Property Law Keyed to Singer
Evans v. Pollack
Only StudyBuddy Pro offers the complete Case Brief Anatomy*
Access the most important case brief elements for optimal case understanding.
*Case Brief Anatomy includes: Brief Prologue, Complete Case Brief, Brief Epilogue
- The Brief Prologue provides necessary case brief introductory information and includes:
- Topic: Identifies the topic of law and where this case fits within your course outline.
- Parties: Identifies the cast of characters involved in the case.
- Procedural Posture & History: Shares the case history with how lower courts have ruled on the matter.
- Case Key Terms, Acts, Doctrines, etc.: A case specific Legal Term Dictionary.
- Case Doctrines, Acts, Statutes, Amendments and Treatises: Identifies and Defines Legal Authority used in this case.
- The Case Brief is the complete case summarized and authored in the traditional Law School I.R.A.C. format. The Pro case brief includes:
- Brief Facts: A Synopsis of the Facts of the case.
- Rule of Law: Identifies the Legal Principle the Court used in deciding the case.
- Facts: What are the factual circumstances that gave rise to the civil or criminal case? What is the relationship of the Parties that are involved in the case. Review the Facts of this case here:
A subdivision was platted around a lake. The plat divided the property into seven blocks, A through G. Blocks A, B, and G were further divided into 31 lots. F is located on a hill and surrounded by lakefront lots. The McCormicks had title to A, B, and C. The Hornsbys had title to D, E, F, and G. When the lots went up for sale, the deeds contained substantially the same restrictive covenants, including a voting rights covenant. All the lots conveyed up to this point were lakefront lots, and the voting rights under the restrictive covenants were limited to lots with lake frontage. When the Hornsbys passed away, their property that did not have restrictive covenants passed to their devisees, who contracted to sell a part of G to Thomas Pollack (Defendant) to build a marina, a private club, and a condominium development. Charles Evans’ (Plaintiff) deed contained restrictive covenants and he sued for equitable relief under the implied reciprocal negative easement doctrine.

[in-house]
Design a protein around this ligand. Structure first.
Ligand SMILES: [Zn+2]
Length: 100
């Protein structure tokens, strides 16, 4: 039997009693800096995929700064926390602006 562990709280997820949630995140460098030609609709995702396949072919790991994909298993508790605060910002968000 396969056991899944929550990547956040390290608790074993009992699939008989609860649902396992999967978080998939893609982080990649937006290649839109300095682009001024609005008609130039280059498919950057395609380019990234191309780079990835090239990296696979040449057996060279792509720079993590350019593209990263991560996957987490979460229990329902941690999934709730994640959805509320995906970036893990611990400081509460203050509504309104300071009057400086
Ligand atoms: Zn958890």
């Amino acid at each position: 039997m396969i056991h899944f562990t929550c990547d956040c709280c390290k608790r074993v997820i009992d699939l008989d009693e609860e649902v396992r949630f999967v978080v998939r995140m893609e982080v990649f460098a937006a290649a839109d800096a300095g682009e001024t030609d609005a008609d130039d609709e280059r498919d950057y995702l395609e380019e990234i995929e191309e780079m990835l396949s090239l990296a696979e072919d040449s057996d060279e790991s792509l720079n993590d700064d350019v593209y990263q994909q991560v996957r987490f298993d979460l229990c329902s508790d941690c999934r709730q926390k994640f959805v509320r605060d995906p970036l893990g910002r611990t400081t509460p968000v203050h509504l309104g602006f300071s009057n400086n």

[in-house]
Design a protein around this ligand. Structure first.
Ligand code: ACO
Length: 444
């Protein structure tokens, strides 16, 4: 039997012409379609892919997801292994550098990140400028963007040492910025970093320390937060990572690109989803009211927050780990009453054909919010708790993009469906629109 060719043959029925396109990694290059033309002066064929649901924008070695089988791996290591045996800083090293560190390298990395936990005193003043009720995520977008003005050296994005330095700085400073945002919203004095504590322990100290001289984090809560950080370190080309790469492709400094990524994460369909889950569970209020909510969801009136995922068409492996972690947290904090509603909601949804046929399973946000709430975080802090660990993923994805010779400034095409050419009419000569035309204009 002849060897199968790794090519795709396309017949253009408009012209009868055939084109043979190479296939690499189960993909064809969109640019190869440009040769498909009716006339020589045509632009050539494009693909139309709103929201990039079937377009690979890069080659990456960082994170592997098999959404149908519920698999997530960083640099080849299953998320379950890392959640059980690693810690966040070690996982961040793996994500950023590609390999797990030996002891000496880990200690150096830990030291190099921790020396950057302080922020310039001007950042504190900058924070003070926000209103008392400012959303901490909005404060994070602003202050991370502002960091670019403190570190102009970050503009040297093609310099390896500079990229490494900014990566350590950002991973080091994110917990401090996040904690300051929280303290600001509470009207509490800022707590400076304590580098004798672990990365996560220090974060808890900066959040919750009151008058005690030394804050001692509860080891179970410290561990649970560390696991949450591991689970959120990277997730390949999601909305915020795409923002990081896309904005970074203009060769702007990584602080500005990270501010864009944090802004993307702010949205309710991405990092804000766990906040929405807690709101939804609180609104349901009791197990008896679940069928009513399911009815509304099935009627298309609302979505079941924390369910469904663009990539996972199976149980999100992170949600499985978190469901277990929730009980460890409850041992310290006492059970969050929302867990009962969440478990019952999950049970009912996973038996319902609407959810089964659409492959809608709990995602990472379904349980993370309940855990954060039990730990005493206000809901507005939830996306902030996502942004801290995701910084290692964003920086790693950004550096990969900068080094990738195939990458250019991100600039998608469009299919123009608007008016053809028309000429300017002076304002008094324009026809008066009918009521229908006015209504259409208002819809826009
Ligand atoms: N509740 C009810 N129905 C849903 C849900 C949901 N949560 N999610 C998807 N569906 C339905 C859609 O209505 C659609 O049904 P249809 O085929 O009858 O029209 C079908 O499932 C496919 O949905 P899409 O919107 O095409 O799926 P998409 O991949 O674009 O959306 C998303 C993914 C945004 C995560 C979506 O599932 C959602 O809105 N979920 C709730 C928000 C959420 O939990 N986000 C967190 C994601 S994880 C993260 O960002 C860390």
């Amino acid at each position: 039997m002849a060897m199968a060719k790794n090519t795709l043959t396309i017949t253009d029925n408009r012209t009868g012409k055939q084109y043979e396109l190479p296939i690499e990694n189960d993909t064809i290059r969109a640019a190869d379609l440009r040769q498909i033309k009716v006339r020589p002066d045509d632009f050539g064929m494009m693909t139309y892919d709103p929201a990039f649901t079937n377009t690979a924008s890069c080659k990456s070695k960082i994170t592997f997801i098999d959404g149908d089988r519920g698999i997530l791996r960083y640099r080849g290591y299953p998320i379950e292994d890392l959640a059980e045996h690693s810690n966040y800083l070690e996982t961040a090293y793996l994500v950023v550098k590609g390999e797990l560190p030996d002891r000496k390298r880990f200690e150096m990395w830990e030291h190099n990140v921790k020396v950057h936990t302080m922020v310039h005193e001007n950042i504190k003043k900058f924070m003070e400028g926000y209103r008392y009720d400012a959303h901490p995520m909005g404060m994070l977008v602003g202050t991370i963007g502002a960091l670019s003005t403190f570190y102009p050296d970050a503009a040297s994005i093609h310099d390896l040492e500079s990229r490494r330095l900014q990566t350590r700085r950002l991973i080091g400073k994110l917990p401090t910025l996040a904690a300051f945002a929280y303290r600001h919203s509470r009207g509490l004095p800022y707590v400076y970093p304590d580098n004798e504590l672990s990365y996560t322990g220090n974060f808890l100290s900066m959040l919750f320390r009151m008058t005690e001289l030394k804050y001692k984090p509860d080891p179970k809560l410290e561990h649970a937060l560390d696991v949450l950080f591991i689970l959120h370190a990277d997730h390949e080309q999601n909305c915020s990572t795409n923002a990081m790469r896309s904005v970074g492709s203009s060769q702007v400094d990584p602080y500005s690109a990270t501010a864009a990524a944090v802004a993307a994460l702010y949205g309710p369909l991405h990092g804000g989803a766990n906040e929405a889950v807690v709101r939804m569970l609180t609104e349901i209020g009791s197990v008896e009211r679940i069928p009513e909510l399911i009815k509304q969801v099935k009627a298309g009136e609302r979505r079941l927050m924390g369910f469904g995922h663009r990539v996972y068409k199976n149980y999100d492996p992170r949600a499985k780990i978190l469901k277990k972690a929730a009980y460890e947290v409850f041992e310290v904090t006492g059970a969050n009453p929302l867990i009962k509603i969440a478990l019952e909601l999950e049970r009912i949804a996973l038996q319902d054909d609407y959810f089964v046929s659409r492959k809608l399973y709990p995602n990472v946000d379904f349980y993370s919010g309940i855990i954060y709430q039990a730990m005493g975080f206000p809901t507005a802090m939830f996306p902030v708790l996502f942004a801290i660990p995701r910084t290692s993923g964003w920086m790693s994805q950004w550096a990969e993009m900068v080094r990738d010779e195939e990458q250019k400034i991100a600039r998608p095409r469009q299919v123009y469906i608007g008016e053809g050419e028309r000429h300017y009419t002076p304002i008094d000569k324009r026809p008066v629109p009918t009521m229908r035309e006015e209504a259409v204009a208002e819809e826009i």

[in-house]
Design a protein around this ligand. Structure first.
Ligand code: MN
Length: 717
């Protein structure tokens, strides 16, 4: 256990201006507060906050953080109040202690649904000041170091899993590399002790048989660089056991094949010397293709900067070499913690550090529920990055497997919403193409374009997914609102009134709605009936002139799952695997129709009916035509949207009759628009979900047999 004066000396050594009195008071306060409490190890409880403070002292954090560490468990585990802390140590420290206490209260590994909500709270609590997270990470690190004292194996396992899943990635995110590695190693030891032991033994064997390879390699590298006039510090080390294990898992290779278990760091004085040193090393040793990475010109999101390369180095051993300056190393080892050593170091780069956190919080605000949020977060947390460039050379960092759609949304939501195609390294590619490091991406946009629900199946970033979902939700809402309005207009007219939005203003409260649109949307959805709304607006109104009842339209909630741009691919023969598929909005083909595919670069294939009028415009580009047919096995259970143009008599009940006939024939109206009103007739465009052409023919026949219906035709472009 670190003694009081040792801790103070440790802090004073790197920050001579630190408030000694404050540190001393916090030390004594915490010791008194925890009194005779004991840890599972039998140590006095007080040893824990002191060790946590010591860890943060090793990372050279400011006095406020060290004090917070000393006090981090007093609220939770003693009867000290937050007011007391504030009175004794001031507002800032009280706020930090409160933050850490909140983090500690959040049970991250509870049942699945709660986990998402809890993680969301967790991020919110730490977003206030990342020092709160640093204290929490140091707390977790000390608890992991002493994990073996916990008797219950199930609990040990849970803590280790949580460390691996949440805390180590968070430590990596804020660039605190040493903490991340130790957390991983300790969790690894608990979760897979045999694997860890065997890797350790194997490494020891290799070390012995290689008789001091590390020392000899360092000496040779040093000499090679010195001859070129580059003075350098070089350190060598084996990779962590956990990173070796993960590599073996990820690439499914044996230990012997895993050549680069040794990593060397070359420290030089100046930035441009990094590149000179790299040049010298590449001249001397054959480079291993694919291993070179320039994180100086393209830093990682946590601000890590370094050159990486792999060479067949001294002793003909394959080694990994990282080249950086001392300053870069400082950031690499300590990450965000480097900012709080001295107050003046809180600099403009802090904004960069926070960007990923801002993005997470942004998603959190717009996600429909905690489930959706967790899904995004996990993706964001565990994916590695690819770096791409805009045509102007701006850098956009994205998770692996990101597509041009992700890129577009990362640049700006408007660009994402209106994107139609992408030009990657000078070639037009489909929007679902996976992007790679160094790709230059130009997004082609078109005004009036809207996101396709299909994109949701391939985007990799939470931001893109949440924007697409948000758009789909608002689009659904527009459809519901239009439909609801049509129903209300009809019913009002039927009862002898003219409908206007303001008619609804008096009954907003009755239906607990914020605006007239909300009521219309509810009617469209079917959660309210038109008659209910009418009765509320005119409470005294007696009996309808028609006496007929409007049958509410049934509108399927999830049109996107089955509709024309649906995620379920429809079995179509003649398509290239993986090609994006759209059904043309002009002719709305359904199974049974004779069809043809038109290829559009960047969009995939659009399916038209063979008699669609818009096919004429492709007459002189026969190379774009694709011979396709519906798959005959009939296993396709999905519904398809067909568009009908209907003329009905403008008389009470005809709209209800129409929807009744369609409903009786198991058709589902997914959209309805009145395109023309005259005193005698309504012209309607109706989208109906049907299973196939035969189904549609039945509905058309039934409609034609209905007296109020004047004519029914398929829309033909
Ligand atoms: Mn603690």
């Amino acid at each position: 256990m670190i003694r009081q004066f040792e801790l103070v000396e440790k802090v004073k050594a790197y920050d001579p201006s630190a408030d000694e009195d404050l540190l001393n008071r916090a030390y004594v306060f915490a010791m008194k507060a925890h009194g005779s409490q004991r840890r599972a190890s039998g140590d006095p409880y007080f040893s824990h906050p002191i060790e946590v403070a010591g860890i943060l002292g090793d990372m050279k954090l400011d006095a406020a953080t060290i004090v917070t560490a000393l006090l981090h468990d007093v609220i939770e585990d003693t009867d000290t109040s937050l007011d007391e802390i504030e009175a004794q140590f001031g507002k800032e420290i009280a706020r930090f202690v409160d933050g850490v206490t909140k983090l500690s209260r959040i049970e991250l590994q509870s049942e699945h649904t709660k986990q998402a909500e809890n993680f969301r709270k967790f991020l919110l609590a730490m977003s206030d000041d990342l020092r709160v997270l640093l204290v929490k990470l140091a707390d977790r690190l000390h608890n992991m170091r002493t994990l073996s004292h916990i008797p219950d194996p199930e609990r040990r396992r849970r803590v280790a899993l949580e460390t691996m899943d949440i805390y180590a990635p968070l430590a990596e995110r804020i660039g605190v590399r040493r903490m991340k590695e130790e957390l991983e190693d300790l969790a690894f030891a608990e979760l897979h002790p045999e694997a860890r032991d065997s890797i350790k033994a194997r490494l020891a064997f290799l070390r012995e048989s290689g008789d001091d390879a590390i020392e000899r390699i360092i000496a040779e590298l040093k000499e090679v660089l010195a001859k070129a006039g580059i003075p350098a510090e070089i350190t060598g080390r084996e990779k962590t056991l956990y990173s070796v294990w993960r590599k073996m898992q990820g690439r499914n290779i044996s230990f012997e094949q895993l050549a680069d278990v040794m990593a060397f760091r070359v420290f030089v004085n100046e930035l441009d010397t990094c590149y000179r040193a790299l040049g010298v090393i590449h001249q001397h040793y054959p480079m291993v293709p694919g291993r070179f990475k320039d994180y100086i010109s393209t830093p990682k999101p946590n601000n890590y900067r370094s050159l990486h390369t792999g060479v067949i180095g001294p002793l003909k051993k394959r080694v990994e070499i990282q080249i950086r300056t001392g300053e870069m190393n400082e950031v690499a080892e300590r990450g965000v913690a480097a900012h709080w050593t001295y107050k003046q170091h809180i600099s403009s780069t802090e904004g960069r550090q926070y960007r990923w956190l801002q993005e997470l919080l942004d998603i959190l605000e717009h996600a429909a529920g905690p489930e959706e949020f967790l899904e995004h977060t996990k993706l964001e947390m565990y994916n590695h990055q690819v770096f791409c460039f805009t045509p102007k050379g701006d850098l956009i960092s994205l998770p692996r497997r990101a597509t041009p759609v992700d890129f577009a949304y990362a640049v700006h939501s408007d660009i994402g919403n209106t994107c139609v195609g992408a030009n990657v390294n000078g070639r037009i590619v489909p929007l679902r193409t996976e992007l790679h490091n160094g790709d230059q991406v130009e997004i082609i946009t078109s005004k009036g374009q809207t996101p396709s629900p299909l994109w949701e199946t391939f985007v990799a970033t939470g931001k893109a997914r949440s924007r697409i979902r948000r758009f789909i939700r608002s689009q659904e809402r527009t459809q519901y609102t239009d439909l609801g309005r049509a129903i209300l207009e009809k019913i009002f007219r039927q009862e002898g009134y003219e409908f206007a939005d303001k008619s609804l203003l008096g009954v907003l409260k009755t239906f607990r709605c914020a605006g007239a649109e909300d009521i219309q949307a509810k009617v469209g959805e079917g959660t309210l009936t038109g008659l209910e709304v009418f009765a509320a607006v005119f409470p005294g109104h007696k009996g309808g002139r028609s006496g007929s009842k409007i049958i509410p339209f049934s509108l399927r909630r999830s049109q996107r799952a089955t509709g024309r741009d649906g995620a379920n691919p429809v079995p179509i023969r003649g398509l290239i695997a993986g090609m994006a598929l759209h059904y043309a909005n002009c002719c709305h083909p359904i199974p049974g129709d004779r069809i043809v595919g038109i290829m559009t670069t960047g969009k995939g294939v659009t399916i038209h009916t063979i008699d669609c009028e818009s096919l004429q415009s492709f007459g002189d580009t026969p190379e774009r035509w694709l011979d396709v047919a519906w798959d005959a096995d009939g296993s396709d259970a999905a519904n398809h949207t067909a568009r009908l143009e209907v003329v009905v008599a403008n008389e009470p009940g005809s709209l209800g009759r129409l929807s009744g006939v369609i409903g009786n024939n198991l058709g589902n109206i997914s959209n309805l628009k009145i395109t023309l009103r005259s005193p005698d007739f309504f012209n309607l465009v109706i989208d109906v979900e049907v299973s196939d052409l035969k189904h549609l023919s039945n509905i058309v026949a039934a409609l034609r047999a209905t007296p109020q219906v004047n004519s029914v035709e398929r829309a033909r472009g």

- Issue(s): Lists the Questions of Law that are raised by the Facts of the case.
- Holding: Shares the Court's answer to the legal questions raised in the issue.
- Concurring / Dissenting Opinions: Includes valuable concurring or dissenting opinions and their key points.
- Reasoning and Analysis: Identifies the chain of argument(s) which led the judges to rule as they did.